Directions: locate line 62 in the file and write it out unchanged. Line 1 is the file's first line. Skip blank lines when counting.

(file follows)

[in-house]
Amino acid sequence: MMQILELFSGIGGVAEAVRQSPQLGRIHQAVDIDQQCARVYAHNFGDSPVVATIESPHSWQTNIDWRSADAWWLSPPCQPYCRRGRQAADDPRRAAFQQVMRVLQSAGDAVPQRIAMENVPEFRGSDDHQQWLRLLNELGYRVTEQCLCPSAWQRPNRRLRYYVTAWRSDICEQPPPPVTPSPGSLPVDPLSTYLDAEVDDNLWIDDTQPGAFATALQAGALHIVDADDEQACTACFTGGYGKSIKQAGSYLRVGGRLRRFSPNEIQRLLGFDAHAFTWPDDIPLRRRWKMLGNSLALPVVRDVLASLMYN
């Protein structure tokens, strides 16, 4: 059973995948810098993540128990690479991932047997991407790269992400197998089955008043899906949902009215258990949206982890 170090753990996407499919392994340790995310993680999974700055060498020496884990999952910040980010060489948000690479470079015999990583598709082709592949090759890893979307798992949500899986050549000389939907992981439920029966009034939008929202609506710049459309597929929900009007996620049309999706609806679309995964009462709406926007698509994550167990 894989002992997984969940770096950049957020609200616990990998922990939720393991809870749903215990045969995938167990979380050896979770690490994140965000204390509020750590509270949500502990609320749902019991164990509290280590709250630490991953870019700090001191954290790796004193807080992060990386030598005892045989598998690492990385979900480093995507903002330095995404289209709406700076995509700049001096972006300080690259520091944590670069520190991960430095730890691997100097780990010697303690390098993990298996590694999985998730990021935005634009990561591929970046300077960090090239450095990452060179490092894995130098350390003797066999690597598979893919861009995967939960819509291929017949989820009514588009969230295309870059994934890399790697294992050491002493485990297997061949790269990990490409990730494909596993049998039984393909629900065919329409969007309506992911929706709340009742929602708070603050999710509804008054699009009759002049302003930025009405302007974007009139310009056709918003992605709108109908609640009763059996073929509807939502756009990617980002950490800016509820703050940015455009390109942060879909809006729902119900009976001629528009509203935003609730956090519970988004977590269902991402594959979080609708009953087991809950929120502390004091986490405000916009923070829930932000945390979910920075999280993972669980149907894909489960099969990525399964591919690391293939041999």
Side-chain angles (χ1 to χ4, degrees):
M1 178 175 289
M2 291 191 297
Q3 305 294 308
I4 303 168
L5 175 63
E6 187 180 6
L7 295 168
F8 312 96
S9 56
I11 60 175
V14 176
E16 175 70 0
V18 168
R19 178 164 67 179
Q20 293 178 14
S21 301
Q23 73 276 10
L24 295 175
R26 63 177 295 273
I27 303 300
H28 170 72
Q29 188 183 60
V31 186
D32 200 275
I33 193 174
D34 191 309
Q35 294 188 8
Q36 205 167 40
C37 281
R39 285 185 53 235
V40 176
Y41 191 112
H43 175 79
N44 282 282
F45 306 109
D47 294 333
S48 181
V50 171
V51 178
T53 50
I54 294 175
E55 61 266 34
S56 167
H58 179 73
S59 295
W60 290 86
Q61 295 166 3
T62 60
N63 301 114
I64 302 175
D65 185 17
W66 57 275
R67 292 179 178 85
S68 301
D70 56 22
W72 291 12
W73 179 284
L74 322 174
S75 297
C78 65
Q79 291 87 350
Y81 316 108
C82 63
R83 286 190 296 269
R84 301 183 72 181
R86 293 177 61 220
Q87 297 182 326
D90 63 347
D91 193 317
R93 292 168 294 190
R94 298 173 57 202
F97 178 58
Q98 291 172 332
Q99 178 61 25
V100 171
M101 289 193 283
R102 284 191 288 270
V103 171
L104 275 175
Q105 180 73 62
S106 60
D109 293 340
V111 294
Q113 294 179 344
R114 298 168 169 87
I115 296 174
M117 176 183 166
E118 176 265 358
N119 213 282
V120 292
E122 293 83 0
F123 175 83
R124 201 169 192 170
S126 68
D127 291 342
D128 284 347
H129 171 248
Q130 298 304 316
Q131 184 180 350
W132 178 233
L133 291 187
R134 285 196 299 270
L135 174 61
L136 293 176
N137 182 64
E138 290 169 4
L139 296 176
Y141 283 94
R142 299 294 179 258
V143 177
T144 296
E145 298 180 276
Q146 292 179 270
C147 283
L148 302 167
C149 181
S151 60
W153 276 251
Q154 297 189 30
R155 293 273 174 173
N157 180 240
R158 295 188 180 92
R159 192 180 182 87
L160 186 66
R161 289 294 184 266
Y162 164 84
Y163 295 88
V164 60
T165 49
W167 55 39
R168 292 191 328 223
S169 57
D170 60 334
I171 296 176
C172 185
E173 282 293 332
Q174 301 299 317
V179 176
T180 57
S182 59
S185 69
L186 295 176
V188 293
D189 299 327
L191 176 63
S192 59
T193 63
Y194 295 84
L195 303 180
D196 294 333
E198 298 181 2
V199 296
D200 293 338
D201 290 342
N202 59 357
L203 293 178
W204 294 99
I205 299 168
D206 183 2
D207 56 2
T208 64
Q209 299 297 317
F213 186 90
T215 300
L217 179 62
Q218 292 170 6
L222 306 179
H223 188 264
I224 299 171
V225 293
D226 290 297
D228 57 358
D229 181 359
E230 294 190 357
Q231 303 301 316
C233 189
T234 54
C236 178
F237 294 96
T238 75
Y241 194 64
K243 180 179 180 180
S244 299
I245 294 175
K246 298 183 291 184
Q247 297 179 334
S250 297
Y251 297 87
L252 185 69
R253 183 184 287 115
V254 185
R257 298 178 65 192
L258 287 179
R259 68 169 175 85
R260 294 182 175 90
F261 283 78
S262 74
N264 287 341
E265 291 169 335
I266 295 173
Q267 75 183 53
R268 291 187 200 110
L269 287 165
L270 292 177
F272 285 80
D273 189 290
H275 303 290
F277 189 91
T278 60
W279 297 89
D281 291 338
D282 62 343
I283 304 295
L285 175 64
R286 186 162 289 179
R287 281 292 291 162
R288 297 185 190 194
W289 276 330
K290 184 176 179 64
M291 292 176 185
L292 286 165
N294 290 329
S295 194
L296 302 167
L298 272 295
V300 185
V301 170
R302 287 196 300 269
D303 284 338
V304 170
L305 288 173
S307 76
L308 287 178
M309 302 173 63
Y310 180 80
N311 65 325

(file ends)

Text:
L74 322 174